“The goal is to get justice for the Cherokee Nation and to recover the extraordinary losses they’ve suffered as a result of the opioid epidemic,” said Fields.

Correction: A previous version of this story incorrectly asserted that Cherokee Nation’s suit was the first in the US to target pharmacies.

  • I hope the whole case gets thrown out! It’s always someone else’s fault. I’ve known for years that these medications have a risk of habitual use. It’s stated right on the bottle and with the pamphlet that accompanies your prescription. Try reading you morons. The only people hurt by all this crap are patients, who now have to suffer because of the people with no self control, thanks losers, Lance.

  • Just this month my prescription for hydrocodon was reduced to three pills a day. I have had chronic pain syndrome for years because of serious injuries suffered in an automobile accident. I am now 78 years old and have and have used this medicine for years. The one pill a day they have reduced will really affect my pain control and because of this, my depression has increased significantly already. What am I to do?

    • I am very sorry to hear this. Ask the medical provider why the dose was reduced.
      There must be a reason.
      Also, try to find a new provider who is more sympathetic to your pain.
      Not all doctors are the same.
      Take someone with you to every appointment!

  • There is no crisis, fake news. Government going after little old ladies medicines and chronic intractible pain patients who can not fight back insteajavascript:history.back()d of the real issues, cartel heroin supply and chinese fentanyl supply easily available for drug dealers.

    • This is a Pharmacy issue because the Pharmacies are making it one.
      Big Corporate Pharmacies like CVS are trying to be gate keepers.
      They are trying to control who gets their medication, and when.
      Even if the patient has a valid prescription!

  • Definately a very valid concern. However, let’s be careful in our desire to better “control” this rightful concern not to create undue issues for those patients who are on these meds for VALID reasons, especially when surgery is not an option for them, lest we also increase the suicide rate of those who are denied their pain medications & end up taking their own lives because their pain is unbearable without them. Issues of suspicious prescribing should be carefully investigated to avoid “witch hunts” & treating patients like their pain is less than what is considered “normal for the masses.” The physicians treating these patients know their patients histories/backgrounds & should be permitted to treat their patients accordingly, unless there is obvious negligence & confirmed danger to the patient.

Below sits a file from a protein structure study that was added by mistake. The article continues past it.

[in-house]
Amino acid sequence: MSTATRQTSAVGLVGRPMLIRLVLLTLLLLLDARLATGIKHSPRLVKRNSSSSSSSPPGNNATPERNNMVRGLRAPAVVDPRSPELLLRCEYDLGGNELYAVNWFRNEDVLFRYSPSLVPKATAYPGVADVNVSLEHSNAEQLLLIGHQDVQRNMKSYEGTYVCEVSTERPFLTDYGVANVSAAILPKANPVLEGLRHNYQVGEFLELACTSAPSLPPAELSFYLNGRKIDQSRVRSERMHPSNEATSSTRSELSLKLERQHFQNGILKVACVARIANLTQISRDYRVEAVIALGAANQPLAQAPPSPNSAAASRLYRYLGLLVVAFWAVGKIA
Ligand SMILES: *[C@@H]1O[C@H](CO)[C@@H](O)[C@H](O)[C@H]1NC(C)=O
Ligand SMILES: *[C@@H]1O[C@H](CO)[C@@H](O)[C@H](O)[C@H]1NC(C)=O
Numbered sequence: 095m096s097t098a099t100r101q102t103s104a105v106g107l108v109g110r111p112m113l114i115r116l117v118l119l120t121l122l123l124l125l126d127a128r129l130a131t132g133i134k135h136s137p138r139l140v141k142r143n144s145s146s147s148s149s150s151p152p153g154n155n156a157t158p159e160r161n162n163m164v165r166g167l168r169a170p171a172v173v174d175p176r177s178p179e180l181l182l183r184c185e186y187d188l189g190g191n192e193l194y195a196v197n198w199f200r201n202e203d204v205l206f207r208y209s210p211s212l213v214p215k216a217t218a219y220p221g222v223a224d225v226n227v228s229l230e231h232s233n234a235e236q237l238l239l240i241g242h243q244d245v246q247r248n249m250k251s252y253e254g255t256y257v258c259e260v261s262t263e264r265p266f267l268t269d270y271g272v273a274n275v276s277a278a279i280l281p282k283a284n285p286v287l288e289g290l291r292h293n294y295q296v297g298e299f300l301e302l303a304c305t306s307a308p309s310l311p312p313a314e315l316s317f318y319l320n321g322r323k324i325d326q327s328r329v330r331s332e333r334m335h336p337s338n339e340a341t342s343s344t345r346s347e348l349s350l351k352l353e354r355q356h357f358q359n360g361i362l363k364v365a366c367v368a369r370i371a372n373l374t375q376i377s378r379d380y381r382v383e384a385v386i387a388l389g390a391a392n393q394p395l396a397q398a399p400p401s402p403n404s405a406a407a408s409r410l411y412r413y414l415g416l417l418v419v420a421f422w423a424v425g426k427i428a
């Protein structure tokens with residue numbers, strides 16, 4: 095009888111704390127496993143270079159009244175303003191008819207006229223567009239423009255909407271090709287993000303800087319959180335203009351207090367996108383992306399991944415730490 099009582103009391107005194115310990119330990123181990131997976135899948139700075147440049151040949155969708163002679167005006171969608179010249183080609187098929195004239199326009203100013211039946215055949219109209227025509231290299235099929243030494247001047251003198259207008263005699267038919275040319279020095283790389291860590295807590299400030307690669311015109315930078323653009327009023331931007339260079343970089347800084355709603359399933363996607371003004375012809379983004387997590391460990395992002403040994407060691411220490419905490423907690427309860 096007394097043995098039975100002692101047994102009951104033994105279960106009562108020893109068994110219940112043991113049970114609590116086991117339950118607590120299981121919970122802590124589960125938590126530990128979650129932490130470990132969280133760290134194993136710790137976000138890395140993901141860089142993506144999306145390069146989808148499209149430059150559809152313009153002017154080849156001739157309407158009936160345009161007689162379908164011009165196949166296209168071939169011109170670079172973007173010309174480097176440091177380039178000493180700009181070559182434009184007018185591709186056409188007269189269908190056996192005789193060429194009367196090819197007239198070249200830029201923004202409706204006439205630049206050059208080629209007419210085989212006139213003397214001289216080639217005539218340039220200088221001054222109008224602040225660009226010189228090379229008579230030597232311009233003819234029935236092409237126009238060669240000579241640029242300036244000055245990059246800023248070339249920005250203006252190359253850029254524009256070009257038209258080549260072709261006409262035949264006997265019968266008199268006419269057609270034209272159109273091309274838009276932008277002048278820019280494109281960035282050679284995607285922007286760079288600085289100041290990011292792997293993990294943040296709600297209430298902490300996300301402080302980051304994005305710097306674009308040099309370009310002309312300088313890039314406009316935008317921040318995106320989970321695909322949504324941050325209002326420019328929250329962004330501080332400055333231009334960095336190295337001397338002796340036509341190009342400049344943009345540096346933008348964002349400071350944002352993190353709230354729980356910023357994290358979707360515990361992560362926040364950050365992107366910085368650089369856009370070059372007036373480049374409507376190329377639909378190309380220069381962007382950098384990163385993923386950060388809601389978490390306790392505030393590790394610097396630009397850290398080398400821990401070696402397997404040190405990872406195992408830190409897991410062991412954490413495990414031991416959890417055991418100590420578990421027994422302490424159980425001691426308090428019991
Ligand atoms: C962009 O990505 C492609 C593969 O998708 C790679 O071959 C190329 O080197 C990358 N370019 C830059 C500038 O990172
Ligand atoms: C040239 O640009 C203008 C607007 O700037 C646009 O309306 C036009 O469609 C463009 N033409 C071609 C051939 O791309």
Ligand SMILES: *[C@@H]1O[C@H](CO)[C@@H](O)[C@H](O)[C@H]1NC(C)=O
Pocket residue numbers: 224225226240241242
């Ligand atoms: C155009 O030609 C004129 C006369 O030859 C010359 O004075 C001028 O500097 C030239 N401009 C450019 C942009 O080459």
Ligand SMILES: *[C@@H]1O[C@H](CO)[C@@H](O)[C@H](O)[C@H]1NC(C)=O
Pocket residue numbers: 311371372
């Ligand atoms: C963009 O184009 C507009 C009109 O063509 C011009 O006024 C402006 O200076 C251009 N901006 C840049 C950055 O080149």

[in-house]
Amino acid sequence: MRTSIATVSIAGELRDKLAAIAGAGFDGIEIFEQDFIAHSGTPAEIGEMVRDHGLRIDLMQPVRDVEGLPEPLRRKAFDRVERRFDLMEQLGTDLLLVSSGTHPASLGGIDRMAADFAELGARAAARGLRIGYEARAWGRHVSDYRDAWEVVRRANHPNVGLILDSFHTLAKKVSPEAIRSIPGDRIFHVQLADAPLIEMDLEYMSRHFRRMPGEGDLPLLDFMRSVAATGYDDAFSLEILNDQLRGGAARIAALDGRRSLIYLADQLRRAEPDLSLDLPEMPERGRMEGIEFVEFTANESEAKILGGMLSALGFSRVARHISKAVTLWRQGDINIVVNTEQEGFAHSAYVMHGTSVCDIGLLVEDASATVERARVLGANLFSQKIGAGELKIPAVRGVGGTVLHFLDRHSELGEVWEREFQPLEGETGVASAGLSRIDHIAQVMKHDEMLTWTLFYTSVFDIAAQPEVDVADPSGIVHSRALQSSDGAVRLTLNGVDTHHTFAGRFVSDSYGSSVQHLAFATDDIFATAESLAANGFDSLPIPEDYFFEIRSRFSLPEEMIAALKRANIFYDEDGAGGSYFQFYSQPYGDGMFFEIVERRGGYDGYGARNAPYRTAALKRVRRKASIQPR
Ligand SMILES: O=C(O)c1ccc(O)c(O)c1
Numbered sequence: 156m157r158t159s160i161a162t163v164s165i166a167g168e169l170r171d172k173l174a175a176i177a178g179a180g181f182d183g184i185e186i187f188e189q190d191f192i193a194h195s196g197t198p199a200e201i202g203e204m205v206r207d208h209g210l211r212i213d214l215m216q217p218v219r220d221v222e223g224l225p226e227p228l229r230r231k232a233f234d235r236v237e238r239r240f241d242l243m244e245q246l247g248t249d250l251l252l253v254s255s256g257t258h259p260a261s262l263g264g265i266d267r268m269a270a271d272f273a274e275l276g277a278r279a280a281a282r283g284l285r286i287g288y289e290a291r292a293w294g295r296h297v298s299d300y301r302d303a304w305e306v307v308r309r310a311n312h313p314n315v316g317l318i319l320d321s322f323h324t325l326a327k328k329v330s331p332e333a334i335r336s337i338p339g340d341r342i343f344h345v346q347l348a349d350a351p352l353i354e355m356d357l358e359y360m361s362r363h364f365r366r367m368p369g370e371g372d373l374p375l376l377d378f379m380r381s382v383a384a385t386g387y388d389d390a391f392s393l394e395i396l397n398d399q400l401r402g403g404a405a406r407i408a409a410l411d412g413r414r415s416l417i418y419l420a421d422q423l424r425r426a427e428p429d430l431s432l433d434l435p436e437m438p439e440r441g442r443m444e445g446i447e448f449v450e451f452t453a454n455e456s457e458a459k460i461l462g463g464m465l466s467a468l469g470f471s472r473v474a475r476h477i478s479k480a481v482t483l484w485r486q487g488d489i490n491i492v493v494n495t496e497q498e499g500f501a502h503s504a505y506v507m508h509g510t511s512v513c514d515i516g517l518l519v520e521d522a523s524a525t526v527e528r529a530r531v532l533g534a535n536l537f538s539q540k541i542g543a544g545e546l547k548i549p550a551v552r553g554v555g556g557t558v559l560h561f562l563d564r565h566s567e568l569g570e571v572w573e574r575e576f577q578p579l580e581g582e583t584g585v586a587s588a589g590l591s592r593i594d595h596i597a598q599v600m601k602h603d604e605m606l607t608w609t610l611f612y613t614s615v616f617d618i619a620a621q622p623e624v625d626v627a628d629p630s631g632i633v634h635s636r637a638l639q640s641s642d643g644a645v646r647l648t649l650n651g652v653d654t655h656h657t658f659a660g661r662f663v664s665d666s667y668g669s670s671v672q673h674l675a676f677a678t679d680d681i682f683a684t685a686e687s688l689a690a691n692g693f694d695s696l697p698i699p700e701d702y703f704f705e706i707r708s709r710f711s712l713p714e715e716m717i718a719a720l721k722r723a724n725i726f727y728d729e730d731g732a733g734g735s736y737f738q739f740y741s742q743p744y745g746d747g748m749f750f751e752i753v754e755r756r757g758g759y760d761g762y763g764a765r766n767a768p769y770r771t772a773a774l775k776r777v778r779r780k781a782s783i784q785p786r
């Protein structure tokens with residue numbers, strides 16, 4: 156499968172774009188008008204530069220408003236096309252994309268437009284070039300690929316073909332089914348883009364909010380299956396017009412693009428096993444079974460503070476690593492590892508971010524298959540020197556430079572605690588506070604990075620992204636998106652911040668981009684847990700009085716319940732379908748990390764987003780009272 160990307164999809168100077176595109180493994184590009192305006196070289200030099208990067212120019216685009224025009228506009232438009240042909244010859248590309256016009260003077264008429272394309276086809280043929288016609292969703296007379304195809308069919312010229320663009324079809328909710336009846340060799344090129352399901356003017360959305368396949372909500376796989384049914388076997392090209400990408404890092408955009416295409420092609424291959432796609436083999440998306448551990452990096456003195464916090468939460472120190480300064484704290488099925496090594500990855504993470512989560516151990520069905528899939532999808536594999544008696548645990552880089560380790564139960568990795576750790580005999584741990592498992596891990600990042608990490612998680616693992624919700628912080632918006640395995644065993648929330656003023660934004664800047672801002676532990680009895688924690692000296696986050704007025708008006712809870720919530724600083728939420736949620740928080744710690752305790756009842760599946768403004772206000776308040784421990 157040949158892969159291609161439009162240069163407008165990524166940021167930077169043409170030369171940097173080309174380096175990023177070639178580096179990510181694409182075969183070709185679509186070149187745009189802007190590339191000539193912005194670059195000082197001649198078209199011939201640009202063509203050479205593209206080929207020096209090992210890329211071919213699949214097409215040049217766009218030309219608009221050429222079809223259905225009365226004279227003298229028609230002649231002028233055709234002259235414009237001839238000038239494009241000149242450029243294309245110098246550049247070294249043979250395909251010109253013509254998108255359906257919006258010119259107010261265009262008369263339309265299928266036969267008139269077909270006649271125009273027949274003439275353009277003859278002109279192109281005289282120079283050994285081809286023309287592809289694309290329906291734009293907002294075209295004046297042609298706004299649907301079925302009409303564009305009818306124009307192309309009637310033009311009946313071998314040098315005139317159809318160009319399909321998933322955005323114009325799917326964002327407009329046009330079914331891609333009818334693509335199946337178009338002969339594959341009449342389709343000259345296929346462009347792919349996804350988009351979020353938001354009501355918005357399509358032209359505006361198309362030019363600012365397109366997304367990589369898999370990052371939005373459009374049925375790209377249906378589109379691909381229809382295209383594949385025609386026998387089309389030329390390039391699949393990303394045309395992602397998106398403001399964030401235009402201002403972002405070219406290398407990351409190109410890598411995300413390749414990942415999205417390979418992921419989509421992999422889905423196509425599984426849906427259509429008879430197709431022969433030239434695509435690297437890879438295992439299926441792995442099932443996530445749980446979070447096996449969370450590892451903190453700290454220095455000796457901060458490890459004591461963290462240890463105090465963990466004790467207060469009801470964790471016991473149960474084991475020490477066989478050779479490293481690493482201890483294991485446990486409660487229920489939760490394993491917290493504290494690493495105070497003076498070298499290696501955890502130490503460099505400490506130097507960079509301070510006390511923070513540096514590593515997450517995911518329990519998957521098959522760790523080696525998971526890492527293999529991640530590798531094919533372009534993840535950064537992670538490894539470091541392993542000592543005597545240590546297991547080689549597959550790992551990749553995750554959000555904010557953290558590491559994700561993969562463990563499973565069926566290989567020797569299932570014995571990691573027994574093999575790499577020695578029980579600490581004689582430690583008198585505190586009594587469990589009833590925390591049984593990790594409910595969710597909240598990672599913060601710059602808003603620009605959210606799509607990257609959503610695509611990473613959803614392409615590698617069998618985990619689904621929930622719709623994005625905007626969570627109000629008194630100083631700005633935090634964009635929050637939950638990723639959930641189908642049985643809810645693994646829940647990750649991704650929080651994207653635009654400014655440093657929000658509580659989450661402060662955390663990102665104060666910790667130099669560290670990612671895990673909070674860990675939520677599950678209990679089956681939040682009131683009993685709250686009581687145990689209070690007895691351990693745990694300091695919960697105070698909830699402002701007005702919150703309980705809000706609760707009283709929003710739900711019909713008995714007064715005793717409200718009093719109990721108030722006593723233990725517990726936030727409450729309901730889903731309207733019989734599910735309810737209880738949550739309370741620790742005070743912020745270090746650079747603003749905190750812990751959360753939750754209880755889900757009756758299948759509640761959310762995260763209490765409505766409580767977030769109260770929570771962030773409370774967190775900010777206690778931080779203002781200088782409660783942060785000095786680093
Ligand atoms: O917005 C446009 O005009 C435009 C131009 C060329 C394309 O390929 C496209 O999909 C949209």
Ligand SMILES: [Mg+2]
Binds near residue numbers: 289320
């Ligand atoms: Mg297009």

• I would like to say thank you for a great comment . Being a Cherokee citizen , living with chronic pain , now facing real serious health issues. I went to Dr mind you a Cherokee Nation clinic today,went over a ER visit follow up and continuing care plan when we talked about pain control the Dr stated he could not prescribe me the meds I was sent home on because ” The Cherokee Nation has a law suit against the company’s and pharmacy that make and fill the drugs ” yes this was Dr statement to me , and that was it . My case is I have chronic pain and now a illness that leaves me no other option I have taken all other avenues . Chronic pain clinics six weeks inpatient MN the best program in the US no pain meds and I refused them ,used non medication alternative for two years. I am a educated person health care mind you . Lived 33 years of my adult life in MN . You are right if Dr are not treating there patients because of this law suit I fell that is a derelict of their duty as a physician all for a law suit and profit to the nation .
      Respectfully, Wado
      Cherokee Nation Member…